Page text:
Marisol, Women's Equality
Marisol's Women's Equality presents two of the leading American suffragists, Elizabeth Cady Stanton and Lucretia Mott, in an almost heavenly, iconic form. Their hands are linked, while a third, disembodied hand reaches up towards them, as if representing the future generations of women who look to them for guidance and inspiration in the fight for equality.
Marisol's rendering similarly elides the more complicated story of the fight for women's suffrage, including internal splits within various caucuses of the women's movement, the exclusion of women of color from their ranks, and the class divides that existed between the women who became known as the suffragists and the working-class women also agitating for the vote.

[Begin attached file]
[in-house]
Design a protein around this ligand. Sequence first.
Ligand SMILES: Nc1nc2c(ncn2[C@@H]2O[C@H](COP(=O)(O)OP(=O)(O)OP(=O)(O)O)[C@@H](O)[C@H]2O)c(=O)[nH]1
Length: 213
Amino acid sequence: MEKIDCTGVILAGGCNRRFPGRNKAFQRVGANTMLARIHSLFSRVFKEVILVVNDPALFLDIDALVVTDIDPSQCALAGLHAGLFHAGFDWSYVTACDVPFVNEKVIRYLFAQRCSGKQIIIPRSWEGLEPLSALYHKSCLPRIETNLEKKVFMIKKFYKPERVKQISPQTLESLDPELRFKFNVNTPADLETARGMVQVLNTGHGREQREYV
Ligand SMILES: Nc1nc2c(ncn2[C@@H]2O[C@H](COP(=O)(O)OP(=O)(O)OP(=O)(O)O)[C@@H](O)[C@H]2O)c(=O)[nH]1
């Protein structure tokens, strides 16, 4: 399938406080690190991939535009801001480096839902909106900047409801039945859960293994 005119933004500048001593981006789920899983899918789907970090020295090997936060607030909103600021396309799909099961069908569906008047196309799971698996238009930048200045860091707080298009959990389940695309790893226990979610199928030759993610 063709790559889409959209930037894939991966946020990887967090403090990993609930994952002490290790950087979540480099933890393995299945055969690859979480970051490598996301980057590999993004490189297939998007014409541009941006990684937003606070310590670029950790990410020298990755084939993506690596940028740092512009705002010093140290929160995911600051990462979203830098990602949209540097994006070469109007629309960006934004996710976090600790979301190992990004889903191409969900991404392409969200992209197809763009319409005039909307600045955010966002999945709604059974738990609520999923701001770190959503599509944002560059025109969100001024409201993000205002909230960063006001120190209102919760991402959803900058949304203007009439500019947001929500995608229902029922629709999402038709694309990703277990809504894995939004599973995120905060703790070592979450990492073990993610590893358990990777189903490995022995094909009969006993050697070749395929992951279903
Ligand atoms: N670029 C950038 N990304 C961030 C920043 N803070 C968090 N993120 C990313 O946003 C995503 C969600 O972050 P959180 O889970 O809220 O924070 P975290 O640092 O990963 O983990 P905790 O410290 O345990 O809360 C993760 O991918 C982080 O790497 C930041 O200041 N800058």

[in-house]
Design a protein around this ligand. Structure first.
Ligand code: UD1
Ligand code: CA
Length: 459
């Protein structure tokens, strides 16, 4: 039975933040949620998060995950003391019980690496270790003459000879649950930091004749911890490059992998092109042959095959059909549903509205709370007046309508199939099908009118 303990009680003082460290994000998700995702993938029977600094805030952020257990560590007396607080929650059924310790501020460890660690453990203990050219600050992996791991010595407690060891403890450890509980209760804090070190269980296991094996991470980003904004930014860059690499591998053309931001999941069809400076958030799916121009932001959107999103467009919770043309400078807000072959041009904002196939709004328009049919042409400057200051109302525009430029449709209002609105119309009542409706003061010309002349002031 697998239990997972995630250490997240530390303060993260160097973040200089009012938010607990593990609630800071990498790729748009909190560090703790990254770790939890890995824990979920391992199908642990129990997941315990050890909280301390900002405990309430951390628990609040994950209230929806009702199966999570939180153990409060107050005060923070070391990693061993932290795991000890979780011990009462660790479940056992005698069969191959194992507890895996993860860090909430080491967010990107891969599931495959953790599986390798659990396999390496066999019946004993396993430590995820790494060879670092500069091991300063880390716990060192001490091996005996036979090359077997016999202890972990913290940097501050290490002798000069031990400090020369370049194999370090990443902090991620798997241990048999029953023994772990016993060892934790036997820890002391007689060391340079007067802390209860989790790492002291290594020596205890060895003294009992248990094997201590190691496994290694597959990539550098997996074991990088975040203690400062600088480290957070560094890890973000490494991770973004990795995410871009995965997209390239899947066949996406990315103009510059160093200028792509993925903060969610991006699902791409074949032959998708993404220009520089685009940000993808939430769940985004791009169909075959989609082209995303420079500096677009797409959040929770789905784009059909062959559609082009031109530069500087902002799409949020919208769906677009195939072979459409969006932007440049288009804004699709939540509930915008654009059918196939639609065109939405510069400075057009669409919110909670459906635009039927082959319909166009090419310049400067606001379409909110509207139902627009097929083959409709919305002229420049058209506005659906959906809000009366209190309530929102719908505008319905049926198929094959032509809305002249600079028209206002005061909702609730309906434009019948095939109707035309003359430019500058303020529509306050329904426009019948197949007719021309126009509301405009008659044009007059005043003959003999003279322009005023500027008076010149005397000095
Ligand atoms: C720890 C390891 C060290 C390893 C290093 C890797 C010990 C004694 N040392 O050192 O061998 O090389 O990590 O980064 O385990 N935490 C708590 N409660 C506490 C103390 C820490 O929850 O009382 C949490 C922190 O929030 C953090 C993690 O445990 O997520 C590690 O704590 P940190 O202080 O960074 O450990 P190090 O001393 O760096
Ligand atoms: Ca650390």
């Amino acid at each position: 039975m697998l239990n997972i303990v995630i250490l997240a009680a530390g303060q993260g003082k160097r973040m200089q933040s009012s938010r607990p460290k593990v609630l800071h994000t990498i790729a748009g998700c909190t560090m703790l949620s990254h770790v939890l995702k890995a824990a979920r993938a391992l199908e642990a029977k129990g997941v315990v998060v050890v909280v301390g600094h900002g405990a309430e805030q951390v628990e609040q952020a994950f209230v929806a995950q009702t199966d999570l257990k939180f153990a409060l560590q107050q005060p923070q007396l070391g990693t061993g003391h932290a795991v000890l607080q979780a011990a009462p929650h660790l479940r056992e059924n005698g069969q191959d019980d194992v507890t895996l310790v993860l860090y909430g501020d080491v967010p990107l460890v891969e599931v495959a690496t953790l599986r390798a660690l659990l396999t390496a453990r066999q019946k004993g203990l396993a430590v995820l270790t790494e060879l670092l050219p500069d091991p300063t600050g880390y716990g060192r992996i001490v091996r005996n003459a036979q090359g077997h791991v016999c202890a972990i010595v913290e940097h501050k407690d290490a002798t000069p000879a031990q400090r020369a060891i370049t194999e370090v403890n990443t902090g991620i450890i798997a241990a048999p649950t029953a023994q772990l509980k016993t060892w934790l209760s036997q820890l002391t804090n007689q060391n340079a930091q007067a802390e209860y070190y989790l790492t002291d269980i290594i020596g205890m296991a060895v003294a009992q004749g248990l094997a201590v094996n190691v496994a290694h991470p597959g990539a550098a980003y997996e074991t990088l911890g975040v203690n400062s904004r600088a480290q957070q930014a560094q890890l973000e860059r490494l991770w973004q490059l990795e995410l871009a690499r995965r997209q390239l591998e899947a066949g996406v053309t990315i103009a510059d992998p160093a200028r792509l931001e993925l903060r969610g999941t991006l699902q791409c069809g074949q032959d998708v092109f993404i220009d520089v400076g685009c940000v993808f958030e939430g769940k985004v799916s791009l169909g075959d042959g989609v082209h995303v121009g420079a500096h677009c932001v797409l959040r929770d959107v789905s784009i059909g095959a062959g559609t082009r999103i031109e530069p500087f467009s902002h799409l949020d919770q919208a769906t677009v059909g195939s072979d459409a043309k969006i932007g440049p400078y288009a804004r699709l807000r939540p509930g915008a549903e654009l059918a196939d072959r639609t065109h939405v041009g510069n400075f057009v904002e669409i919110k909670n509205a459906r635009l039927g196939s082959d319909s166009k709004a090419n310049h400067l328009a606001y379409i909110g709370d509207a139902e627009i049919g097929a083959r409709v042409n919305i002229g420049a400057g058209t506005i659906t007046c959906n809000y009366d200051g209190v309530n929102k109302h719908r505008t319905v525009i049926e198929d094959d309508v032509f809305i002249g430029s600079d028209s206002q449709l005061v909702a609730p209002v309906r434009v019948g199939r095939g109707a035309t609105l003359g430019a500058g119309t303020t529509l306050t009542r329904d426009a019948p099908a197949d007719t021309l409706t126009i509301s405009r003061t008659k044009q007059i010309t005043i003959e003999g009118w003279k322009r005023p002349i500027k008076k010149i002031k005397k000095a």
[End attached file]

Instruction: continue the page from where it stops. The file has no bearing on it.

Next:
Indeed, the work seems to be deliberately apolitical; in his introductory essay for the Kent Bicentennial catalogue, John I. H. Baur writes: "Marisol has given us a personal fantasy that defies alliance with any movement."
In 1975, there was reason to celebrate advances in women's equality: the Equal Rights Amendment had passed Congress in 1972 and was traveling from state to state in order to be adopted into the United States Constitution. However, the deadline set by Congress in 1982 was not met by the required three-fourths of the states, leaving the Equal Rights Amendment in a potential state of legal limbo.
Question to ponder:
What women's rights activists of today would you memorialize in a work of art?